NY Investigates ‘Radioactive’ Water Leak At Indian Point

According to USA Today, New York will investigate the Indian Point Energy Center after Gov. Andrew Cuomo said he discovered that “radioactive tritium-contaminated water” leaked into the groundwater at the nuclear facility in Westchester County.

In a letter Saturday to the state Health Department and the Department of Environmental Conservation, Cuomo called for the probe after he said Entergy Corp., the Buchanan plant’s owner, reported “alarming levels of radioactivity” at three monitoring wells, with one well’s radioactivity increasing nearly 65,000 percent – from 12,300 picocuries per liter to more than 8 million picocuries per liter.

While Indian Point reported that the contamination has not migrated off site and does not pose an immediate threat to public health, Cuomo said that the incident requires a full investigation.

“Our first concern is for the health and safety of the residents close to the facility and ensuring the groundwater leak ‎does not pose a threat,” Cuomo, who lives in New Castle, Westchester County, said in a statement.

In an email, Entergy spokesperson Jerry Nappi said that the elevated levels of tritium are more than a thousand times below federal limits, and there is no health risk to the public. Drinking water sources both onsite and offsite were not affected.

“While the elevated tritium in the ground onsite is not in accordance with our standards, there is no health or safety consequence to the public,” Nappi wrote.

Entergy voluntarily notified the Nuclear Regulatory Commission state agencies and stakeholders about the elevated levels of tritium in the monitoring wells, Nappi wrote.

According to Nappi, tritium – a radioactively weak isotope of hydrogen – likely reached the ground at Indian Point during recent work activities. Groundwater monitoring wells were installed around the nuclear plant to provide early detection of any elevated levels of radionuclides in the ground.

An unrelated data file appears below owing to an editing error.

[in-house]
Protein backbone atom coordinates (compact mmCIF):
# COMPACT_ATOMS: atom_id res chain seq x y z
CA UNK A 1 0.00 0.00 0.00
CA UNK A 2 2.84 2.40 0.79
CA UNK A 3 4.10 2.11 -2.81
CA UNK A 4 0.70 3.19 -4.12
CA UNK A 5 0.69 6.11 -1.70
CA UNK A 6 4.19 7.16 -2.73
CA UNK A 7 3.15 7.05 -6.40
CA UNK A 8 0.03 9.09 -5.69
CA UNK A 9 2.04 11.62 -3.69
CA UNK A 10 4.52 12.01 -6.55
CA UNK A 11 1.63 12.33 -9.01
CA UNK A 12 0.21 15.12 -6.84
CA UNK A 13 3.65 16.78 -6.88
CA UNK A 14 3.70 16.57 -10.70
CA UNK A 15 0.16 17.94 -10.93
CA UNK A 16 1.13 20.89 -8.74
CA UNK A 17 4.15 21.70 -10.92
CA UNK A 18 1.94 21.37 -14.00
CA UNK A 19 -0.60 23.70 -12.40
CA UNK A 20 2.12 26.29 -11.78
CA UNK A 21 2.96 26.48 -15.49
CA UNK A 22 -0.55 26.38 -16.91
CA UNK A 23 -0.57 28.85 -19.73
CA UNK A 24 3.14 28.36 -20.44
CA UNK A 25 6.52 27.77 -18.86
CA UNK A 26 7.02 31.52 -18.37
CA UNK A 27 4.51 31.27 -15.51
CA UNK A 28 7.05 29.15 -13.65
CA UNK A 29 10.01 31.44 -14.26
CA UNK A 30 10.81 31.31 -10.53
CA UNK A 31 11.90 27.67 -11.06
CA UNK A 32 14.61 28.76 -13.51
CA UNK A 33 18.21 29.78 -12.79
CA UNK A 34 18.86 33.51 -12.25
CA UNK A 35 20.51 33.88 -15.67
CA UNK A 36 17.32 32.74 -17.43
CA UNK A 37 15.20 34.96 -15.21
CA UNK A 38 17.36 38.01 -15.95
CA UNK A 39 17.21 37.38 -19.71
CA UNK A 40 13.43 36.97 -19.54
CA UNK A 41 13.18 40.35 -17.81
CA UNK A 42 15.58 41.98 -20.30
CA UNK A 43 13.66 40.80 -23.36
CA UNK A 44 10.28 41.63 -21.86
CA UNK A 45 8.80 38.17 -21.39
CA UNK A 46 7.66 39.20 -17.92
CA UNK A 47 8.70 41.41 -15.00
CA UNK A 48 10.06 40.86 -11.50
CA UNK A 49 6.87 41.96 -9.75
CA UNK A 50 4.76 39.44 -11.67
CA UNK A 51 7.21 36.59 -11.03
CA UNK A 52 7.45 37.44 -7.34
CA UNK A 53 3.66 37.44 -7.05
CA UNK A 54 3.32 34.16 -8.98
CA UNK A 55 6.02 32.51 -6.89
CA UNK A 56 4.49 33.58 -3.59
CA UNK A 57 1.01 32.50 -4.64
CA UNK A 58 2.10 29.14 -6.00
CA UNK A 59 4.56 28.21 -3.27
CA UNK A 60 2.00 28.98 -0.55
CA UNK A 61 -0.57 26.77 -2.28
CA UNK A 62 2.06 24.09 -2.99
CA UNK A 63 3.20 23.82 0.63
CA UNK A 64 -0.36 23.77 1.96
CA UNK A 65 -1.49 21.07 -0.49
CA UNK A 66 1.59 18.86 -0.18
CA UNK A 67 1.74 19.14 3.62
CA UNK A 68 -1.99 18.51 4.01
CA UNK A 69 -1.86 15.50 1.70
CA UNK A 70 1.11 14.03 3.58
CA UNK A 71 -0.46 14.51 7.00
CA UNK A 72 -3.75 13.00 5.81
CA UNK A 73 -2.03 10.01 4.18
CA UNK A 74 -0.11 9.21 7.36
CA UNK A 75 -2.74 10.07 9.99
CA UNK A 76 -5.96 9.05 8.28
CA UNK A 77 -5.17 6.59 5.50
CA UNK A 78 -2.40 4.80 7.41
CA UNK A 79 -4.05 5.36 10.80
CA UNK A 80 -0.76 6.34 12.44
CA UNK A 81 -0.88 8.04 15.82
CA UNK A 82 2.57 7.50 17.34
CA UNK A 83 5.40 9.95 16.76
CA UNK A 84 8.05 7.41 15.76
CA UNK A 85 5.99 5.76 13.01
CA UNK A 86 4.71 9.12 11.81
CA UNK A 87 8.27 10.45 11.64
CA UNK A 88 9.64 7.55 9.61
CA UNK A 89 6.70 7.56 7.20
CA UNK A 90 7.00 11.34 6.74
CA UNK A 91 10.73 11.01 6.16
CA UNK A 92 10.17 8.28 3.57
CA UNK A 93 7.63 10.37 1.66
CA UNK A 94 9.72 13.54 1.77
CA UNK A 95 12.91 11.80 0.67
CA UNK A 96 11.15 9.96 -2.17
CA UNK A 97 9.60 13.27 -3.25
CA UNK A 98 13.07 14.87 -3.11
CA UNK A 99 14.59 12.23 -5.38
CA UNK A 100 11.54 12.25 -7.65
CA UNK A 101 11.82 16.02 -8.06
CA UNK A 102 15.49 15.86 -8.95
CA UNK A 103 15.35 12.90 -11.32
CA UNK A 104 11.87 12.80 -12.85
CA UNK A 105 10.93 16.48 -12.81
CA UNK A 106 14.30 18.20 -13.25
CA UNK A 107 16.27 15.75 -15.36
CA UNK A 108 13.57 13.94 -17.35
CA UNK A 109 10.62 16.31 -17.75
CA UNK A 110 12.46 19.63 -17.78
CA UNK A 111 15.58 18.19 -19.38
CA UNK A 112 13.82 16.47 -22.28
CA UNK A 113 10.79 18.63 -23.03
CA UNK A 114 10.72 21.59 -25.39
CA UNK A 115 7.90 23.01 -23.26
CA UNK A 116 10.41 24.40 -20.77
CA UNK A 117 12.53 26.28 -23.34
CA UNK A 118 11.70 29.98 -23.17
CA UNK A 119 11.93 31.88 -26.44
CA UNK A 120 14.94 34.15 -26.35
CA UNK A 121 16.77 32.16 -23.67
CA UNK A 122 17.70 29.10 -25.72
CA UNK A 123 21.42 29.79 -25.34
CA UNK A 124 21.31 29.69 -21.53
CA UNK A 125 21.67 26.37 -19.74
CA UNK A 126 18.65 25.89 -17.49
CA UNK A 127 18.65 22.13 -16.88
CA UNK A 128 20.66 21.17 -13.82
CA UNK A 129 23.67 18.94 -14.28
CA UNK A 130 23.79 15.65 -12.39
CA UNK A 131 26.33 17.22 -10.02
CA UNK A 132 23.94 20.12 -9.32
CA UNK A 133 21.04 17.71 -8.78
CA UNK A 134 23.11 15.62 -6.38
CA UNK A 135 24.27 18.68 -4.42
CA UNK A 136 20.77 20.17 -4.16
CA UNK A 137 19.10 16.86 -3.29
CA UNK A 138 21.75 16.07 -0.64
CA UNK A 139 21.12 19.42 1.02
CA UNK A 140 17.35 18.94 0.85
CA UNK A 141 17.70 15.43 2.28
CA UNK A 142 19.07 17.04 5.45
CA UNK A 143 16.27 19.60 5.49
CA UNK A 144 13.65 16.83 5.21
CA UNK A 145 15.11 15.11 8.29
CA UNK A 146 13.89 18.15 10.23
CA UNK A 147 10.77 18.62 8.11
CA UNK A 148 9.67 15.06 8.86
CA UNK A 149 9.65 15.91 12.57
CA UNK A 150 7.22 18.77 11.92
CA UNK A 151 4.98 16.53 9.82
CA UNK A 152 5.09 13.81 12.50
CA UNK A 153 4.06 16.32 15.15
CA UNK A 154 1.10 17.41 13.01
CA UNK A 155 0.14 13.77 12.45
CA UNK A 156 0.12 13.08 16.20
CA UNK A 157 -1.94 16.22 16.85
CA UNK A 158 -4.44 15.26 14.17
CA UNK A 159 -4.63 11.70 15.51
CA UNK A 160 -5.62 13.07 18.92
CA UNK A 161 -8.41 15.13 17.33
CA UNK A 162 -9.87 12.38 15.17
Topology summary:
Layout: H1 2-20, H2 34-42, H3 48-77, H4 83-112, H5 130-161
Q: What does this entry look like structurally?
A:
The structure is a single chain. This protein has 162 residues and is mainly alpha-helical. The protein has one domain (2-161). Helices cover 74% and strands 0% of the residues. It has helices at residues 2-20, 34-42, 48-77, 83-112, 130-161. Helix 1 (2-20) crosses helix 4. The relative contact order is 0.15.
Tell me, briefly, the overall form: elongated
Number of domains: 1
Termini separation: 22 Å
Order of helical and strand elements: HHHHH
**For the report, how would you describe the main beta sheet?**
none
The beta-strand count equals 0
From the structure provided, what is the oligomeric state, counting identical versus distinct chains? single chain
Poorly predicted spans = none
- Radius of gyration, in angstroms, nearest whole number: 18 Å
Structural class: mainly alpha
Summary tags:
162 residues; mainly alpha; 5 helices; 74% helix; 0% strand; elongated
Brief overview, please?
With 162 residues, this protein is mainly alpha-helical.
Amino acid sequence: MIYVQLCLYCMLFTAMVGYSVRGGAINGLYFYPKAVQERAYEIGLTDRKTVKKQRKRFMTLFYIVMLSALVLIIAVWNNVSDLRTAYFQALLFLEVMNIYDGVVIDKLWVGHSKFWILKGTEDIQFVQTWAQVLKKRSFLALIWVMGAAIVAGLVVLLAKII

Buchanan mayor Theresa Knickerbocker said Entergy informed local officials about the elevated levels of tritium on Friday. According to Knickerbocker Entergy has “always been upfront” and kept officials “informed about what’s going on over there.”

Residents were not contacted about the recent finding because Entergy officials said there was no threat to public safety, Knickerbocker told USA Today.

NY Daily News reports that the site has been under increased scrutiny from Cuomo and other officials following several incidents.

Assemblywoman Ellen Jaffee said in a statement that this is not the “first time Entergy’s operation and maintenance has failed.” The nuclear power plant, Jaffee added, “cannot continue to operate as it has without a full and through investigation of this incident.”

“My primary concern is the potential impact this tritium-contaminated water may have on the health and safety of those who live nearby but also the impact this radioactive water may have on public health and our environment.”

In December, Cuomo called for an investigation after Indian Point underwent a series of unplanned shutdowns, citing potential risks to both the city and the populated suburbs surrounding the plant.

Cuomo said the “latest failure at Indian Point is unacceptable.”

Cuomo asked the Department of Environmental Conservation’s acting commissioner, Basil Seggos, and the Health Department commissioner, Howard Zucker, to “employ all available measures, including working with the Nuclear Regulatory Commission, to determine the extent of the release, its likely duration, cause and potential impacts to the environment and public health.”

The Indian Point nuclear power plant sits on the Hudson River just 25 miles north of New York City. The plant supplies around 30 percent of the energy to New York City. The site includes two operating Westinghouse pressurized water reactors – Indian Point 2 and Indian Point 3. The plant has permanently shut down Indian Point 1 unit reactor.

[Photo by Tony Fischer/Flickr]